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Richard Dawkins targets Harry Potter, "mythical thinking"


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Harry Potter has become the latest target for Professor Richard Dawkins who is planning to find out whether tales of witchdraft and wizardy have a negative effect on children.

Professor Richard Dawkins plans to find out if stories like Harry Potter have a "pernicious" effect on children.

The prominent atheist is stepping down from his post at Oxford University to write a book aimed at youngsters in which he will warn them against believing in "anti-scientific" fairytales.

Prof Hawkins said: "The book I write next year will be a children's book on how to think about the world, science thinking contrasted with mythical thinking.

"I haven't read Harry Potter, I have read Pullman who is the other leading children's author that one might mention and I love his books. I don't know what to think about magic and fairy tales."

Prof Dawkins said he wanted to look at the effects of "bringing children up to believe in spells and wizards".

"I think it is anti-scientific

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Takin' 'er easy for all you sinners at lookingcloser.org. Also abiding at Facebook and Twitter.

 

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My daughter is currently watching a show featuring talking animated vegetables. I certainly hope she doesn't grow up believing there is such a thing as talking vegetables. And I certainly hope she doesn't develop a sense of imagination. That would be the worst. <_<

"It is scandalous for Christians to have an imagination starved for God." - Mark Filiatreau

I write occasionally at Unfamiliar Stars.

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I think looking back to my own childhood, the fact that so many of the stories I read allowed the possibility of frogs turning into princes, whether that has a sort of insidious affect on rationality, I'm not sure.

So if Dawkins thinks that stories such as the ones he was brought up on make you less rational, then isn't he admitting that he is, to some degree, irrational?

Way to score an own goal.

Matt

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I find it so sad that Mr. Dawkins thinks that myths and imagination are a bad thing. What dismal humans we would all be without the arts and the mythical creativity that forms them.

Denny

Since 1995 we have authored a commentary on film, cinema in focus. Though we enjoy cinema as an art form, our interests lie not so much in reviewing a film as in beginning a conversation about the social and spiritual values presented. We, therefore, often rate a film higher or lower due to its message rather than its quality of acting or film-making.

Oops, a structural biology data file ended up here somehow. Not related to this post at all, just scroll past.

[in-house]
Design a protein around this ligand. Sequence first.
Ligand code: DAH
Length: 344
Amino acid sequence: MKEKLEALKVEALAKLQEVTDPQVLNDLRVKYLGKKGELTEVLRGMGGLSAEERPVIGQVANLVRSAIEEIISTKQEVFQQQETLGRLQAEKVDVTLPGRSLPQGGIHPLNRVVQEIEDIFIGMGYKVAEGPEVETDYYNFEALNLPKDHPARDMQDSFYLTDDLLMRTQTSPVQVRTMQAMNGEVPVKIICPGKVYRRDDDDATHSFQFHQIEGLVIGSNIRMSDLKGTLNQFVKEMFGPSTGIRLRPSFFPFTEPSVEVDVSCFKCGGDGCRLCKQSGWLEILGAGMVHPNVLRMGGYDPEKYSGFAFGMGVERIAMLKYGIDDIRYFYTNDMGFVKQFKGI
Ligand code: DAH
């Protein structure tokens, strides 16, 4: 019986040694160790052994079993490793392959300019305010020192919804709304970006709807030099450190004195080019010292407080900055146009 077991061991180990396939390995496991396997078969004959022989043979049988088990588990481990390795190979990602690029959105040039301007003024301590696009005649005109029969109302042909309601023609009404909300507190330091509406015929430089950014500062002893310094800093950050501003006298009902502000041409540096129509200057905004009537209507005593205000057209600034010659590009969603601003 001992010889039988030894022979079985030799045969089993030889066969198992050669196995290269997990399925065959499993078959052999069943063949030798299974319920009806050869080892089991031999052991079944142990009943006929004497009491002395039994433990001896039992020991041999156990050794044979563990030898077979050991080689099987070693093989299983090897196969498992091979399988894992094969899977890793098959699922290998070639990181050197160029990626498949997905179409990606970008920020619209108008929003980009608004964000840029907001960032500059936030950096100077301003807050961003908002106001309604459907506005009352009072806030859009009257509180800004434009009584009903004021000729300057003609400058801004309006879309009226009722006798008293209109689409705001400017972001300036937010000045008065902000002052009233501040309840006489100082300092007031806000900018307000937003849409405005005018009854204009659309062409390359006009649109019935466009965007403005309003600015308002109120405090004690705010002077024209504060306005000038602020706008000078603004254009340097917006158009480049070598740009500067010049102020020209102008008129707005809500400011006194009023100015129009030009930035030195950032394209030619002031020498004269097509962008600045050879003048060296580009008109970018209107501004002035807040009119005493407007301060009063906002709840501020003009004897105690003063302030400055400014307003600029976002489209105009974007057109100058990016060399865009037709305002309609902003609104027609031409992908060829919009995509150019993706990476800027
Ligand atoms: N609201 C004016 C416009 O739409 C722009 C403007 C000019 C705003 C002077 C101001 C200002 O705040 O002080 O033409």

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I find it so sad that Mr. Dawkins thinks that myths and imagination are a bad thing. What dismal humans we would all be without the arts and the mythical creativity that forms them.

Yes, I can't help picturing him as the pre-Voyage Eustace Scrubb:

[He] liked animals, especially beetles, if they were dead and pinned on a card. He liked books if they were books of information and had pictures of grain elevators or of fat foreign children doing exercises in model schools. . . . He thought of course that [the four Pevensies] were making it all up [about Narnia]; and as he was quite incapable of making anything up himself, he did not approve of that. . . .

"I'm trying to think of a limerick," said Eustace. "Something like this:

"Some kids who played games about Narnia

Got gradually balmier and balmier--" (VotDT 3-5)

Edited by BethR

There is this difference between the growth of some human beings and that of others: in the one case it is a continuous dying, in the other a continuous resurrection. (George MacDonald, The Princess and Curdie)

Isn't narrative structure enough of an ideology for art? (Greg Wright)

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Yes, I can't help picturing him as the pre-Voyage Eustace Scrubb:
[He] liked animals, especially beetles, if they were dead and pinned on a card. He liked books if they were books of information and had pictures of grain elevators or of fat foreign children doing exercises in model schools. . . . He thought of course that [the four Pevensies] were making it all up [about Narnia]; and as he was quite incapable of making anything up himself, he did not approve of that. . . .

"I'm trying to think of a limerick," said Eustace. "Something like this:

"Some kids who played games about Narnia

Got gradually balmier and balmier--" (VotDT 3-5)

Oh, my gosh. Mark Shea said exactly the same thing:

There was a boy called Richard Dawkins, and he almost deserved it. His parents called him Dickie and masters called him Dawkins. I can't tell you how his friends spoke to him, for he had none. He didn't call his Father and Mother "Father" and "Mother", but Harold and Alberta. They were very up-to-date and advanced people. They were vegetarians, non-smokers and teetotallers and wore a special kind of underclothes. In their house there was very little furniture and very few clothes on beds and the windows were always open.

Richard liked animals, especially beetles, if they were dead and pinned on a card. He liked books if they were books of information and had pictures of grain elevators or of fat foreign children doing exercises in model schools.

And of course Lewis elsewhere makes it clear that Eustace had read "none of the right sort of books," and so didn't know a dragon when he saw one, for instance.

That said, let's remember that Dawkins in this same interview avers to loving His Dark Materials, and say what you like about it, that's imaginative fantasy. So he's not a complete "trousered ape," to borrow another Lewisism.

“I write because I don’t know what I think until I read what I say.” — Flannery O'Connor

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That said, let's remember that Dawkins in this same interview avers to loving His Dark Materials, and say what you like about it, that's imaginative fantasy. So he's not a complete "trousered ape," to borrow another Lewisism.